Howard Kaminsky, Publisher With a Best-Seller Sense, Dies at 77

Laurence Kirshbaum, who worked at Warner in the 1970s and ′80s, said in a telephone interview that Mr. Kaminsky had been an entrepreneurial, risk-taking executive as the company grew quickly from a mass-market publisher of genre paperbacks to one that also competed heavily to sign major hardcovers. (Warner Books was part of the company that would become Time Warner.)

“Physically, Howard was a little guy,” said Mr. Kirshbaum, a longtime publishing executive who is now an agent. “And he loved being an iconoclast who didn’t care about corporate politics.”

He recalled Mr. Kaminsky dancing with the ebullient Mr. Simmons in the publisher’s office, “frolicking” with Norman Mailer in a pool at a sales conference and schmoozing with Nixon at a book party.

Mr. Kaminsky was lured to Random House in 1984 and named publisher and chief executive of its trade department — a significantly larger but more sedate realm than the one he was running at Warner. Random House had hardcover imprints like Alfred A. Knopf and Pantheon Books and published Ballantine paperbacks.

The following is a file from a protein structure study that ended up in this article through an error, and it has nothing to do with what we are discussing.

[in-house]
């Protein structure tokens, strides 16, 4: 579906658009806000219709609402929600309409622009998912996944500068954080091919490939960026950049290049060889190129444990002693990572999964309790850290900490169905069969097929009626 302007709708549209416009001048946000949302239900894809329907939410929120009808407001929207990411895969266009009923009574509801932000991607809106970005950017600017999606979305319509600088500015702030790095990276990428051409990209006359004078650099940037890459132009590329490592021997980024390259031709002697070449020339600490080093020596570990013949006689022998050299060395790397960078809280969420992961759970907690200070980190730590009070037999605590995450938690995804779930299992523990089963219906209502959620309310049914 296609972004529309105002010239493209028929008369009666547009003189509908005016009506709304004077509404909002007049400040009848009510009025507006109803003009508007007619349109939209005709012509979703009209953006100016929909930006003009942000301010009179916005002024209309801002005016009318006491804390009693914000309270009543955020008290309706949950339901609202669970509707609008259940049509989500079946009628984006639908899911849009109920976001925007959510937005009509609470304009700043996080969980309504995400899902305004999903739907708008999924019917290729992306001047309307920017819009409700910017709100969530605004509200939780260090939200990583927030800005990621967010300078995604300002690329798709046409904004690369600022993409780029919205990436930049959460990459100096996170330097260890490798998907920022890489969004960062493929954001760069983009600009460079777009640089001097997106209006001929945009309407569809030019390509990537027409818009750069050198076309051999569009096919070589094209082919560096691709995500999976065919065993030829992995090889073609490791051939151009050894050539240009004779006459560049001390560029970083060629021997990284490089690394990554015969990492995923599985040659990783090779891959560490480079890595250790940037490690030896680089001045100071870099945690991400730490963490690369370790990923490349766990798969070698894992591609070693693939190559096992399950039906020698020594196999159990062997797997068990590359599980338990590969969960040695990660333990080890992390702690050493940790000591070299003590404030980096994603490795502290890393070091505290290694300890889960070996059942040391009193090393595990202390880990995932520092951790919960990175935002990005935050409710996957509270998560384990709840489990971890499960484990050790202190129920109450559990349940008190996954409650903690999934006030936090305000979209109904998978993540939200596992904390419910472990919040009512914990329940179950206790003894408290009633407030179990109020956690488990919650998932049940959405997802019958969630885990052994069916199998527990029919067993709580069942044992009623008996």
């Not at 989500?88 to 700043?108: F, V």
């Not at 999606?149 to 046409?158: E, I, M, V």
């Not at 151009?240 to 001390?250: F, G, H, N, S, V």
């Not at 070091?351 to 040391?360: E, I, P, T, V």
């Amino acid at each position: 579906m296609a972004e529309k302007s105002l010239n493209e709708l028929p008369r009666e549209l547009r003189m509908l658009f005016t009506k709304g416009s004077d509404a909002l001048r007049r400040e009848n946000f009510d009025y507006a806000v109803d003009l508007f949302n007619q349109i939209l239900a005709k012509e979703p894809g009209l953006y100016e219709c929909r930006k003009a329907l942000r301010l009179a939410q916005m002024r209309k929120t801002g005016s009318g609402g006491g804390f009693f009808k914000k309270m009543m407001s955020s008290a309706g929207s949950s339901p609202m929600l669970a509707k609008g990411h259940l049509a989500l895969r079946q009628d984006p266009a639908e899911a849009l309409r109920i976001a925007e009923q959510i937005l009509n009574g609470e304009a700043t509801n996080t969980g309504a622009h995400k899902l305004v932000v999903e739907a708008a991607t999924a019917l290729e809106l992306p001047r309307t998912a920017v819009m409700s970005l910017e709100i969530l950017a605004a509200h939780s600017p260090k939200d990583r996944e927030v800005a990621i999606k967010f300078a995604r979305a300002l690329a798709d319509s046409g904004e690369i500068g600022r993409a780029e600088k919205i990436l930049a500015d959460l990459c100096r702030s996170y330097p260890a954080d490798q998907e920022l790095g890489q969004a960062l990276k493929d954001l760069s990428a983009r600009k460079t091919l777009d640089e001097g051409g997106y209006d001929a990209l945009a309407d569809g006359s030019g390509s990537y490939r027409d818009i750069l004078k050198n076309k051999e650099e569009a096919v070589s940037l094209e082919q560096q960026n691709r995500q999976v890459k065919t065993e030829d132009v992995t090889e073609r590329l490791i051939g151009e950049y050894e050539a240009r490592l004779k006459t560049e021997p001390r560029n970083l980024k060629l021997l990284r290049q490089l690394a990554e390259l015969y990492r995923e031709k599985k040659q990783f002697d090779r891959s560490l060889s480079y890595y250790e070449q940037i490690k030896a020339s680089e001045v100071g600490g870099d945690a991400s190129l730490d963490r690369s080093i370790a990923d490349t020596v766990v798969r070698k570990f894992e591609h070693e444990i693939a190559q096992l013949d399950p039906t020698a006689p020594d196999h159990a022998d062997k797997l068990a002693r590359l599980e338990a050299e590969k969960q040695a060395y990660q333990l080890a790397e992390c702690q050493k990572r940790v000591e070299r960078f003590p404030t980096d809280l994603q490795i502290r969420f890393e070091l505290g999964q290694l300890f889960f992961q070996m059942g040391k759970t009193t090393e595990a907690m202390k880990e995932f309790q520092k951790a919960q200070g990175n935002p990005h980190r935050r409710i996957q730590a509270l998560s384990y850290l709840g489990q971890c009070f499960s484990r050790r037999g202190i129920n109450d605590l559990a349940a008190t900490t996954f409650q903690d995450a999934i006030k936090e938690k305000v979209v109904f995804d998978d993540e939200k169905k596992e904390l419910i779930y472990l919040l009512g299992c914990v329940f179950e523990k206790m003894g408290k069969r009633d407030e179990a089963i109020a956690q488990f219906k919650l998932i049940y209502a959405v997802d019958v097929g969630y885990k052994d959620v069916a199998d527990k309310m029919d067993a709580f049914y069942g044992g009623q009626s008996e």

Howard Kaminsky at home in 1987.

Dith Pran/The New York Times

“We have had many commercial best sellers, of course, but this adds another first-rate editorial mind,” Robert L. Bernstein, Random House’s chairman, president and chief executive, said at the time of Mr. Kaminsky’s hiring.

One of the books Random House published during Mr. Kaminsky’s tenure was “The Art of the Deal” (1987), Mr. Trump’s account (ghostwritten by Tony Schwartz) of his rise as a real estate developer. In pursuit of the company’s deal with Mr. Trump, according to The New Yorker, Mr. Kaminsky produced a mock-up cover with large gold block lettering, which pleased Mr. Trump but prompted him to make one suggestion: “Please make my name…

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